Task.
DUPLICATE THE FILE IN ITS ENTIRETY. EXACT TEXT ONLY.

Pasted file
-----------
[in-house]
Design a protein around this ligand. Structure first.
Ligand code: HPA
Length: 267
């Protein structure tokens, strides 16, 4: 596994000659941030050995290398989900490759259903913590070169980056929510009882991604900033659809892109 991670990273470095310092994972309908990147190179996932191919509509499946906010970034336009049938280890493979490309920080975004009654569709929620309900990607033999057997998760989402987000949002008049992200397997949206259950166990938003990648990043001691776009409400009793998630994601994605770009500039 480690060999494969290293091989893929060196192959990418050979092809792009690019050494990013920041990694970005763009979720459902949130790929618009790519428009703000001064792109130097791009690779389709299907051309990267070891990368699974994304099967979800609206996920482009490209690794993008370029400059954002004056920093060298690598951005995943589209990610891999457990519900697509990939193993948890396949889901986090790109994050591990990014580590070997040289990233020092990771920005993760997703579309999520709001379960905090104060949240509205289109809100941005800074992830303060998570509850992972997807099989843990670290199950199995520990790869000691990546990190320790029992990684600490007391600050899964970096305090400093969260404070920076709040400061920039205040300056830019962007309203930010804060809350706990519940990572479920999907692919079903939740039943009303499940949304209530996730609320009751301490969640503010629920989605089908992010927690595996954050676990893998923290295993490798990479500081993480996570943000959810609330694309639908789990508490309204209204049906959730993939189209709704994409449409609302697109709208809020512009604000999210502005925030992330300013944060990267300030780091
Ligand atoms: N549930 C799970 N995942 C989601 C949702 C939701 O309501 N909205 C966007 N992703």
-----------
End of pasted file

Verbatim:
[in-house]
Design a protein around this ligand. Structure first.
Ligand code: HPA
Length: 267
């Protein structure tokens, strides 16, 4: 596994000659941030050995290398989900490759259903913590070169980056929510009882991604900033659809892109 991670990273470095310092994972309908990147190179996932191919509509499946906010970034336009049938280890493979490309920080975004009654569709929620309900990607033999057997998760989402987000949002008049992200397997949206259950166990938003990648990043001691776009409400009793998630994601994605770009500039 480690060999494969290293091989893929060196192959990418050979092809792009690019050494990013920041990694970005763009979720459902949130790929618009790519428009703000001064792109130097791009690779389709299907051309990267070891990368699974994304099967979800609206996920482009490209690794993008370029400059954002004056920093060298690598951005995943589209990610891999457990519900697509990939193993948890396949889901986090790109994050591990990014580590070997040289990233020092990771920005993760997703579309999520709001379960905090104060949240509205289109809100941005800074992830303060998570509850992972997807099989843990670290199950199995520990790869000691990546990190320790029992990684600490007391600050899964970096305090400093969260404070920076709040400061920039205040300056830019962007309203930010804060809350706990519940990572479920999907692919079903939740039943009303499940949304209530996730609320009751301490969640503010629920989605089908992010927690595996954050676990893998923290295993490798990479500081993480996570943000959810609330694309639908789990508490309204209204049906959730993939189209709704994409449409609302697109709208809020512009604000999210502005925030992330300013944060990267300030780091
Ligand atoms: N549930 C799970 N995942 C989601 C949702 C939701 O309501 N909205 C966007 N992703």